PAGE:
Yom Kippur 2014 note


I will be in services Friday night, and all day Saturday, and Saturday night.  I will not be around for comments until Sunday.  I will answer people then.  God bless you.

~ by Marianne on October 4, 2014.

15 Responses to “Yom Kippur 2014 note”

  1. Shabbat Shalom on this High Kadosh Day Marianne

  2. Al,

    Question – where did she go for services Friday through Saturday?

    She says that she gave up on most (if not all) Pastors and tithing supported churches long ago.

    Messianic congregations celebrates the festivals of Adonai, teaches the Torah as the foundation of the progressive revelation and whole counsel of God, and seeks to imitate the life of our Messiah as found in the Apostolic Scriptures (New Testament).

    No Evangelical congregations recognize or celebrate the Feasts.

    Pray tell, where is Marianne?

    I hope she shares what she learned and experienced on this page.

    Psalms 70 – 71

    • DJ

      the only place to find a true yom kippur service is in an orthodox jewish synogogue, where I am a guest. that is where I was. the messianics do not really observe it in the traditional way, and I want to feel like I am in the same kind of shul that Jesus was in when he went to services. it was a very inspiring service, full of commitment and emotion, and true repentance, and full of holiness. christians could learn a lot from them, and yes, in turn, they could learn who their messiah is….I pray for them every year that salvation will come to everyone there….and I have shared a little with them about the Lord and some were receptive.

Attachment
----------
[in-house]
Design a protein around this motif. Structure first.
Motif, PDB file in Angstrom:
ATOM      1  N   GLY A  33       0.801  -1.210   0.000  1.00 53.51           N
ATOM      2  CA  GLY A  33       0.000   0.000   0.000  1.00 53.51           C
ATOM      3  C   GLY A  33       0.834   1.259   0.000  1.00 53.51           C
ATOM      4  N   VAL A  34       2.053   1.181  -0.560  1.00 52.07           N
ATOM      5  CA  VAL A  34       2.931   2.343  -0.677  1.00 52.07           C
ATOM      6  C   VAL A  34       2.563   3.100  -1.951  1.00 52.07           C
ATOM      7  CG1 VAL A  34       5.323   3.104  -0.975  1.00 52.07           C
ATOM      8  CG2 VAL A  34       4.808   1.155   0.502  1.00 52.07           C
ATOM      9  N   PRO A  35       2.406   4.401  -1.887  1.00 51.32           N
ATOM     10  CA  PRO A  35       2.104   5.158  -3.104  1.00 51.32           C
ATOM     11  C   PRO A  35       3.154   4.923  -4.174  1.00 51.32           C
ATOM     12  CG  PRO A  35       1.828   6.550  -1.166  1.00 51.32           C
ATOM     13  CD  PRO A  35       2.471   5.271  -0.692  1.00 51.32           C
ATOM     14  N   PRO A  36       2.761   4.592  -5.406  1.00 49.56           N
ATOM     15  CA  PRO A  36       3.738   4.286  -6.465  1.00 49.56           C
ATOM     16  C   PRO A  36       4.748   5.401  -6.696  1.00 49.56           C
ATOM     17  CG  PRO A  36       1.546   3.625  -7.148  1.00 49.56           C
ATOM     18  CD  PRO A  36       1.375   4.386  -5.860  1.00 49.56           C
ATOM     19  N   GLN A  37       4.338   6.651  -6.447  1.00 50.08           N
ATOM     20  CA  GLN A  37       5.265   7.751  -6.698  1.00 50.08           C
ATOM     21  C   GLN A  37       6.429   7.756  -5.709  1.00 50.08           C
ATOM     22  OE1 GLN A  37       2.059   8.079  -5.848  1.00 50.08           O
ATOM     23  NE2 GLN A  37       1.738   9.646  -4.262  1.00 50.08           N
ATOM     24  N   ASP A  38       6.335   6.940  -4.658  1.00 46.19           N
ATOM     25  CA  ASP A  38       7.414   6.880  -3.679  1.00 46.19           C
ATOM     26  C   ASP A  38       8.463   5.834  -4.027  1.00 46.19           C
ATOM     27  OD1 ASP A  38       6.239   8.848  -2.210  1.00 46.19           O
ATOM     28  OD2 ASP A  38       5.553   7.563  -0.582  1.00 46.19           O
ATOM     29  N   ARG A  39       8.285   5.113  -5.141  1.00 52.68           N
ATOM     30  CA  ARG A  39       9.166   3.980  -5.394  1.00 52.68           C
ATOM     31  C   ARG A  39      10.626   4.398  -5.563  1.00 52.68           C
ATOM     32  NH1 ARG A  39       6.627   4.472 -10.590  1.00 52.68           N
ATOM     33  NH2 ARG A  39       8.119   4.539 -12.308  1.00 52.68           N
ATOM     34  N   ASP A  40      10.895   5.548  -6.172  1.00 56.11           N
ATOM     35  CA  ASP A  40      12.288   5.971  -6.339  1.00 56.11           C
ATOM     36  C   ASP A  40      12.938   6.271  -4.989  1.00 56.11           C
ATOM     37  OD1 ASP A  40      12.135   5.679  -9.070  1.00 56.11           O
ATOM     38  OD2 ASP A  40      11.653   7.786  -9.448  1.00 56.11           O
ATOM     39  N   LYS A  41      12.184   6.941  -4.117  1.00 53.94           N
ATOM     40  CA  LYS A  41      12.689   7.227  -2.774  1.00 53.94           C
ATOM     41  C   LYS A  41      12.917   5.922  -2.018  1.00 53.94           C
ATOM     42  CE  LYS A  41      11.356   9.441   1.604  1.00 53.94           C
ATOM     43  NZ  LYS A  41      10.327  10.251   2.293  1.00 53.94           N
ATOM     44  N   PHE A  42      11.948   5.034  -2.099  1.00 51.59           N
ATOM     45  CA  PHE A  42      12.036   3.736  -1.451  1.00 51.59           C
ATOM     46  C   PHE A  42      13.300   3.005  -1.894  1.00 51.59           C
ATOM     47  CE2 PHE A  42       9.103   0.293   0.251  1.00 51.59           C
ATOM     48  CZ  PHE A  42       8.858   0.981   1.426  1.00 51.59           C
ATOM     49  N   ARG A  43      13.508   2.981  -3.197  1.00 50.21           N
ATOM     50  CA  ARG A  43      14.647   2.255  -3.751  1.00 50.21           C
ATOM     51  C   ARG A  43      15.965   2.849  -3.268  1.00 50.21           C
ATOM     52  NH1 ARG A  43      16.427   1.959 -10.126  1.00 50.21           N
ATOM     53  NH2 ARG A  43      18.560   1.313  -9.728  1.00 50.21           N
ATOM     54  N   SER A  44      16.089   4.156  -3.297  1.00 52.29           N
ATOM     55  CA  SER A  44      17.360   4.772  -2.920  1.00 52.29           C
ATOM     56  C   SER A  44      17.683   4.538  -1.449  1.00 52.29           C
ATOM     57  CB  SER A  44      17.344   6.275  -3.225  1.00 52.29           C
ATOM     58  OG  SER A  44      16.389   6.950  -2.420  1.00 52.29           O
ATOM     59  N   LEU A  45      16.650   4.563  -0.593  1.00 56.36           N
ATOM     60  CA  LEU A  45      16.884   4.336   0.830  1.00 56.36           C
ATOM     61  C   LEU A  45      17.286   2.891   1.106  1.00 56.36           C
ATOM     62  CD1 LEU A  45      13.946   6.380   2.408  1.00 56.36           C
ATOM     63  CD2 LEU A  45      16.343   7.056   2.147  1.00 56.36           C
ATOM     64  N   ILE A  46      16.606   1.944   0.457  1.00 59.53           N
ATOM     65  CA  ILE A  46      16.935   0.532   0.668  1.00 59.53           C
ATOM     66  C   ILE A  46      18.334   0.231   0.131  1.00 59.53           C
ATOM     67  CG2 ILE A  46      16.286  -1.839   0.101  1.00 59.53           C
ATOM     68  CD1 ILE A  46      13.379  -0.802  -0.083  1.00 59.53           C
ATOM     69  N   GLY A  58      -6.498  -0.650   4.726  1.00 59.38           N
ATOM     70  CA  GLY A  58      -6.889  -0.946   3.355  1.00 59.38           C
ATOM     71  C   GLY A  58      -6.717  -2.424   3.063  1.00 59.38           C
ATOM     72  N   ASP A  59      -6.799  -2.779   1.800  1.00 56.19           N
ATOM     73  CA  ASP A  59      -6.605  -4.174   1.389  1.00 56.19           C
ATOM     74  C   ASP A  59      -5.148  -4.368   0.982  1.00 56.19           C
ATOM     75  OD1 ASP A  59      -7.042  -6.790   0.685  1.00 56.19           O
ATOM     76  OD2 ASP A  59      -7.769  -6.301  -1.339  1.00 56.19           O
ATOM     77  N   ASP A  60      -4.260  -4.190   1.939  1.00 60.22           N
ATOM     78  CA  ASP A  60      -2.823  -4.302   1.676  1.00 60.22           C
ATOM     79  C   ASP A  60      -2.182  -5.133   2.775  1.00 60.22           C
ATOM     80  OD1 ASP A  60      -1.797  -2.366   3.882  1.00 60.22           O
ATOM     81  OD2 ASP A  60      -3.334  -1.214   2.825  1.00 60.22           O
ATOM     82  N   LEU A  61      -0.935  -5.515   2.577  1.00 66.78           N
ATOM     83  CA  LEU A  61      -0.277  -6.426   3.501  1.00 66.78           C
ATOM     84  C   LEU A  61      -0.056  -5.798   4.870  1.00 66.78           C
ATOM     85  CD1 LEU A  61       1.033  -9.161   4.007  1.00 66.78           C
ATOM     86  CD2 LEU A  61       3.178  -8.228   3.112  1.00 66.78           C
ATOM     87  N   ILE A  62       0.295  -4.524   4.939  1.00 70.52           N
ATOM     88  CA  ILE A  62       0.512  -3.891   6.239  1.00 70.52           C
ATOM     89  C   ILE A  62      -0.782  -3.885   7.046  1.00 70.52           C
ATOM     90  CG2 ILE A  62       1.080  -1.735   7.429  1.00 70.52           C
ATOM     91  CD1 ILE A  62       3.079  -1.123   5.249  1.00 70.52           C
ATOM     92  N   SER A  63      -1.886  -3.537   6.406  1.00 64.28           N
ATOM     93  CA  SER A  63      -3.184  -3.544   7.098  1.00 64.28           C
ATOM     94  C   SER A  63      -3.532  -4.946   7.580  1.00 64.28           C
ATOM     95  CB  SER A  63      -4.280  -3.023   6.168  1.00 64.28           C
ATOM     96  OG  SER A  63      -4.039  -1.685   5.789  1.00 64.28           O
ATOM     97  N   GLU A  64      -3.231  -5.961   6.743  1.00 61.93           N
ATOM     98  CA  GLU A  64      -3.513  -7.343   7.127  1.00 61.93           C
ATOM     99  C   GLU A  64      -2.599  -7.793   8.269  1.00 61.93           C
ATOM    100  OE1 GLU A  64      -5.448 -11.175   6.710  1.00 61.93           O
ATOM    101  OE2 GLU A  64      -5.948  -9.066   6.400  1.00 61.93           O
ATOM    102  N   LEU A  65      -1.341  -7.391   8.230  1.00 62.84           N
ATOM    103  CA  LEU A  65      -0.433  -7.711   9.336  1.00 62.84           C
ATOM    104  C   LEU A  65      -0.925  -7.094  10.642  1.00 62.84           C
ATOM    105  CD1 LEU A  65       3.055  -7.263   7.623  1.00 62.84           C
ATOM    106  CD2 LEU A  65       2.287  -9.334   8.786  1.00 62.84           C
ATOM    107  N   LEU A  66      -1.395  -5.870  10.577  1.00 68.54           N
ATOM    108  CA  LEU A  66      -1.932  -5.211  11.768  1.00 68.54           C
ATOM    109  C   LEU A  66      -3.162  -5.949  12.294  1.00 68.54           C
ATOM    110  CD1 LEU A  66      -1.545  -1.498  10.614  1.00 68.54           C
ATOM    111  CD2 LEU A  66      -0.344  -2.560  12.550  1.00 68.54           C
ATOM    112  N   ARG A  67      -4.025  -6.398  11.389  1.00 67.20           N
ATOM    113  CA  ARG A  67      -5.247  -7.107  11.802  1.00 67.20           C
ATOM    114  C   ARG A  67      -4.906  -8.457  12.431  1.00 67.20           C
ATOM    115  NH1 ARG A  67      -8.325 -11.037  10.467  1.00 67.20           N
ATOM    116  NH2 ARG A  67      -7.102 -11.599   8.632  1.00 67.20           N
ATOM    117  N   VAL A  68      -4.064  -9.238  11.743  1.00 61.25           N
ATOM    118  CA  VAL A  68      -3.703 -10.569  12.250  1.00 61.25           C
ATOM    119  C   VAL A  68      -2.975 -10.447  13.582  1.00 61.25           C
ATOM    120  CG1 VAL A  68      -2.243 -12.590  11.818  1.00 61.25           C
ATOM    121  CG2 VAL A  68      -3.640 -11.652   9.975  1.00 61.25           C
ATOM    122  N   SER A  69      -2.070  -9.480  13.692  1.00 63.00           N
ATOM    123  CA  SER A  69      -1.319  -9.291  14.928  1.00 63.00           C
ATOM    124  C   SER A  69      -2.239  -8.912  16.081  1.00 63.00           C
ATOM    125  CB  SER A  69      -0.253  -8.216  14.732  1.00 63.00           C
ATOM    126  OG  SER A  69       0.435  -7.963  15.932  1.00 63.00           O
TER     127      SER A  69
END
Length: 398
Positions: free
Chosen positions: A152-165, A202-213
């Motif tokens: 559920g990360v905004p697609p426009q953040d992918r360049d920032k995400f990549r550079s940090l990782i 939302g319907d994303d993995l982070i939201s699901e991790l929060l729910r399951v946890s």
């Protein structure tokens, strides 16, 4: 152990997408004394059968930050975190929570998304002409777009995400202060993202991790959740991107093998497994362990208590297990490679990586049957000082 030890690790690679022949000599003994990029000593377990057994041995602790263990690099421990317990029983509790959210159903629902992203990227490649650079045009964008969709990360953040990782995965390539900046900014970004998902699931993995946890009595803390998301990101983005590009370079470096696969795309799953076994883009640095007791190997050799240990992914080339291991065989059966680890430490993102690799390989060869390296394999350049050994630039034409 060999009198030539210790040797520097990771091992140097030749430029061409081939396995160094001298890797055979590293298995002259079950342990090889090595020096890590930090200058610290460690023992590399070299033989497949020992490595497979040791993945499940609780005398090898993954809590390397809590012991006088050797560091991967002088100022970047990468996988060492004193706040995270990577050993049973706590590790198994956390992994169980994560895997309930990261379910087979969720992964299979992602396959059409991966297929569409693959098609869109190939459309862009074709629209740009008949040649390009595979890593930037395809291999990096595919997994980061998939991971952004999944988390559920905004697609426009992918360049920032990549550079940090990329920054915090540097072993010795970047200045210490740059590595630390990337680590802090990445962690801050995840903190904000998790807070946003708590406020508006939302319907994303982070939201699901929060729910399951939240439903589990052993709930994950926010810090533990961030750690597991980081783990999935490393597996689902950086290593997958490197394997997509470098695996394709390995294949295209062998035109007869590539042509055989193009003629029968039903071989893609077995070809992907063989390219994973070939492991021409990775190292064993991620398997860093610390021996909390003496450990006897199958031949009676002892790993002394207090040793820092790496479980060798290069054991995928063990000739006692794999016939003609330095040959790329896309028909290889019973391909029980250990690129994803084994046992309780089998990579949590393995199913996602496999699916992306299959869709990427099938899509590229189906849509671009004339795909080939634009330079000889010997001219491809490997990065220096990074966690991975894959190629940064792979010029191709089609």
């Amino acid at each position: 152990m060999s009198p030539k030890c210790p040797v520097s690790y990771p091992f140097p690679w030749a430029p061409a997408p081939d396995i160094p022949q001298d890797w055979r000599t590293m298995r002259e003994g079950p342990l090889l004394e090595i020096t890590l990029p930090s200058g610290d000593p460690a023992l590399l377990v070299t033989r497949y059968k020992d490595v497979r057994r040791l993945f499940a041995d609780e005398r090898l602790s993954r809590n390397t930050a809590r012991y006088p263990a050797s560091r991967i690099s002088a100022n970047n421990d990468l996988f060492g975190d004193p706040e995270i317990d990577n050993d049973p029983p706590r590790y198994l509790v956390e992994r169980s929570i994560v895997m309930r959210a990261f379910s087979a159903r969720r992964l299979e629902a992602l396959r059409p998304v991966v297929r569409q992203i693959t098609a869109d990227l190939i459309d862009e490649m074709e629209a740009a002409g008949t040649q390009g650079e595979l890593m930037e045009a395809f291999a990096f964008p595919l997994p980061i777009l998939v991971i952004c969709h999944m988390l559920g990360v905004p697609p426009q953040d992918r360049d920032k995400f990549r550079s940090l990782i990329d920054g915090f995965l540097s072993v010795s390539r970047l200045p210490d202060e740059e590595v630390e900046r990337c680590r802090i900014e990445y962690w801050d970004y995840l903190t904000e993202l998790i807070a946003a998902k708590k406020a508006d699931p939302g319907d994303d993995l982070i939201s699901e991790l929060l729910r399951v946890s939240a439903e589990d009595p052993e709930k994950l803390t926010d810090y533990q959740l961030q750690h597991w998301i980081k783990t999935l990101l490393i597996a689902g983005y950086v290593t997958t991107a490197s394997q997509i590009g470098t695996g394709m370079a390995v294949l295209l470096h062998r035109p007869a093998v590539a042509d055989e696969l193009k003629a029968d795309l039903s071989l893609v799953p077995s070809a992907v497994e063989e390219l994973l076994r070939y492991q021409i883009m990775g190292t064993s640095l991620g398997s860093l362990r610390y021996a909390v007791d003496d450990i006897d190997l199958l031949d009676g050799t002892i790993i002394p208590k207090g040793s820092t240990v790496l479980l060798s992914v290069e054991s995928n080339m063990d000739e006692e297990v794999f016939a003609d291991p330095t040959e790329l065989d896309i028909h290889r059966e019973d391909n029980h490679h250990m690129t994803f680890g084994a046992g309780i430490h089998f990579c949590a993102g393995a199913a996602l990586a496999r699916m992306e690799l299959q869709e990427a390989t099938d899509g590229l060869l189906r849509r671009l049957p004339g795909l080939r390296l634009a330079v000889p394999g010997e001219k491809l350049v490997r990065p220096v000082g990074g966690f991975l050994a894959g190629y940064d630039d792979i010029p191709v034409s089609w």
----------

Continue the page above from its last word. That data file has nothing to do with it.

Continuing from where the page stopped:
3. Marianne

    Are you messianic or evangelical or just sharing the moments.

    God blessings

  4. Jesus and Yom Kippur:

    The Tabernacle and the Temple gave a clear picture of how sin separates us from the holiness of God. In Bible times, only the High Priest could enter the Holy of Holies by passing through the heavy veil that hung from ceiling to floor, creating a barrier between the people and the presence of God. Once a year on the Day of Atonement, the High Priest would enter and offer a blood sacrifice to cover the sins of the people. However, at the very moment when Jesus died on the cross, Matthew 27:51 says, “the veil of the temple was torn in two from top to bottom; and the earth quaked, and the rocks were split.” (NKJV)

    Hebrews chapters 8 and 9 beautifully explain how Jesus Christ became our High Priest and entered heaven (the Holy of Holies), once and for all, not by the blood of sacrificial animals, but by his own precious blood on the cross. Christ himself was the atoning sacrifice for our sins; thus, he obtained for us eternal redemption!
    As believers we accept the sacrifice of Jesus Christ as the fulfillment of Yom Kippur, the final atonement for sin.

    • Jon,


      The proof of your comment is within this link.


      I’m looking forward to reading what Marianne heard/learned and what she did during this Feast.

      Psalm 22

      • DJ